What is meant by the term “habitat”?

“Habitat” of a species means the natural home or environment of a plant, animal or other organism, defined by specific abiotic and biotic factors, in which the species lives at any stage of its biological cycle.

Read more:

• S.L. 549.44 – Flora, Fauna and Natural Habitats Protection Regulations
• Habitats

What are the protected areas in Malta?

There are various types of protected areas in the Maltese Islands; these are summarised as follows:

 

For more information, refer to the ERA page:

 

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What are Special Areas of Conservation?

Special Areas of Conservation (SACs) are areas protected through the Flora, Fauna and Natural Habitats Protection Regulations (S.L. 549.44) in view of species and habitats that occur therein. SACs of National Importance are sites protected at national level. SACs of International Importance are sites protected at both national and European level, the latter through the EU Nature Directives, including Natura 2000.

 

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What are Special Protection Areas?

Special Protection Areas (SPAs) are areas protected through the Flora, Fauna and Natural Habitats Protection Regulations (S.L. 549.44) in view of species and habitats that occur therein. SPAs of International Importance are sites protected at both national and European level, the latter through the EU Nature Directives, including Natura 2000.

 

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What are Tree Protection Areas?

Tree Protection Areas (TPAs) are areas protected under the Trees and Woodlands Protection Regulations (S.L. 549.123) for various criteria.

The criteria that make sites eligible for designation, as specified in S.L. 549.123, are available here:

a) Maltese characteristic woodland communities;
b) trees or woodland communities which are rare, threatened, endangered or that have a reduced or restricted distribution in Malta;
c) trees and woodlands critical to the survival, reproduction and recovery of endangered threatened, vulnerable, endemic or otherwise important flora and fauna species;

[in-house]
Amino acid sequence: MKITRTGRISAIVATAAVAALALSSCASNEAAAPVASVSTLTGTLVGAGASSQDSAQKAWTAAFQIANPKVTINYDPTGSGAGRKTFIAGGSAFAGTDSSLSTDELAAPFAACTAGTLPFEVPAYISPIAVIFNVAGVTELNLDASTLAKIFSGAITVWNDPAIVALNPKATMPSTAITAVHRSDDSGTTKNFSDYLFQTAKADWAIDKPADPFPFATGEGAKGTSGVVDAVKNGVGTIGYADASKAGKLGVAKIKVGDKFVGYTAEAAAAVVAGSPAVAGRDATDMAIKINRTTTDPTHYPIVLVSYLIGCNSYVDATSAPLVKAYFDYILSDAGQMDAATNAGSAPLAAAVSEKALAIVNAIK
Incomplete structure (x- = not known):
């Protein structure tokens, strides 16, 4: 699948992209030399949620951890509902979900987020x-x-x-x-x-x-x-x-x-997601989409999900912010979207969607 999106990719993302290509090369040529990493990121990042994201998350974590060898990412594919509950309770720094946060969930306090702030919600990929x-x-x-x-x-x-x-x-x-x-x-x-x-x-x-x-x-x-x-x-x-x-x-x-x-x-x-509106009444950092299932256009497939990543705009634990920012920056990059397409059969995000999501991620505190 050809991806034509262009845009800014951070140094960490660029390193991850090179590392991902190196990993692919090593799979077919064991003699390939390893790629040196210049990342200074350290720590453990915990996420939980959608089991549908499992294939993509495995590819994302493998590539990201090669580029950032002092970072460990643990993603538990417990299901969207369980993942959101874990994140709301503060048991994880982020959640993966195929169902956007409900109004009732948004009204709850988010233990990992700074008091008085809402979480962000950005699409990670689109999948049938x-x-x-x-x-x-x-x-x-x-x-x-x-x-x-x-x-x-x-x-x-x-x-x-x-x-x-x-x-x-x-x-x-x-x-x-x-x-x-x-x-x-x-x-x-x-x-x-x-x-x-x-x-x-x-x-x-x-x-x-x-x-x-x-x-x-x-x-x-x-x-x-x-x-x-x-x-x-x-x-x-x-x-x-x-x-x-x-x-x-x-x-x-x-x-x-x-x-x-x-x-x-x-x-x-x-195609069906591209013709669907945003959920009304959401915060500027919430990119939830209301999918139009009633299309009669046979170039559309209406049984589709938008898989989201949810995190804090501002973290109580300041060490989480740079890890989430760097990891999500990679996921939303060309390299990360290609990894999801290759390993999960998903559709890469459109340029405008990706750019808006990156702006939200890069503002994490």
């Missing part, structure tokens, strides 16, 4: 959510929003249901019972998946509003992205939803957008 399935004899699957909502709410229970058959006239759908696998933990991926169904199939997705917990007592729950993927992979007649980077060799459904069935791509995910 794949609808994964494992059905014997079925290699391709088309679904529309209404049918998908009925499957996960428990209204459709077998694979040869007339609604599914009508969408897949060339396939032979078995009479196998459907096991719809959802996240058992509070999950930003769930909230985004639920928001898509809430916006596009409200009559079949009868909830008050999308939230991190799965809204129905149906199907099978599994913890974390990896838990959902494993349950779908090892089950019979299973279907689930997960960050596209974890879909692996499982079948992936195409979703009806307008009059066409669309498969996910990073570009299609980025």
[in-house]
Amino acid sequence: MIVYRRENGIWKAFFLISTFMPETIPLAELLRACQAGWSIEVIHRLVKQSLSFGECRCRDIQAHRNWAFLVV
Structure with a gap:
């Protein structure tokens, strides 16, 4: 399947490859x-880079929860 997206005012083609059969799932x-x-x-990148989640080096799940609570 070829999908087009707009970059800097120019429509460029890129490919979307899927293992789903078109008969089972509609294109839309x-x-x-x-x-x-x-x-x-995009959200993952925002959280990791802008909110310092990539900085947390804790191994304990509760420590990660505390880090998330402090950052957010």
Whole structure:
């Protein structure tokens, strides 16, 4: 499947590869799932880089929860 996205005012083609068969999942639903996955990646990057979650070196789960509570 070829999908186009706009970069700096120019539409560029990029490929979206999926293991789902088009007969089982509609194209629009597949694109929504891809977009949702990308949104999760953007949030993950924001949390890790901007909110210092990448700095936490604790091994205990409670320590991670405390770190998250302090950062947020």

d) trees or woodland communities of scientific, ecological, aesthetic, historical, cultural, arboricultural, silvicultural, agricultural, educational or landscape interest;
e) prominent landmark trees;
f) historical trees listed in the List of Historical Trees having an Antiquarian Importance Order (S.L. 445.02);
g) ex-situ, live collection of rare, threatened or endangered specimens.

 

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What are Marine Protected Areas?

Marine Protected Areas (MPAs) are protected area under the in view of the species and habitats that occur within them.

The criteria for selection of MPAs are the following:

i) Presence of the following habitats and species:

Habitats

• Reefs
• Caves
• Sandbanks
• Posidonia meadows

Species:
Scientific Name English Name Maltese Name
Tursiops truncatus Bottlenose dolphin id-denfil geddumu qasir
Caretta caretta Loggerhead turtle il-fekruna komuni
Steromphala nivosa (=Gibbula nivosa) Maltese top-shell il-gibbula ta’ Malta
Calonectris diomedea Scopoli’s shearwater iċ-ċiefa
Puffinus yelkouan Yelkouan shearwater il-garnija
Hydrobates pelagicus melitensis Mediterranean storm-petrel il-kanġu ta’ Filfla

ii) Eligibility with the criteria included in Schedule IV of the

Further information is included in:

Is a permit required for a research activity in Malta?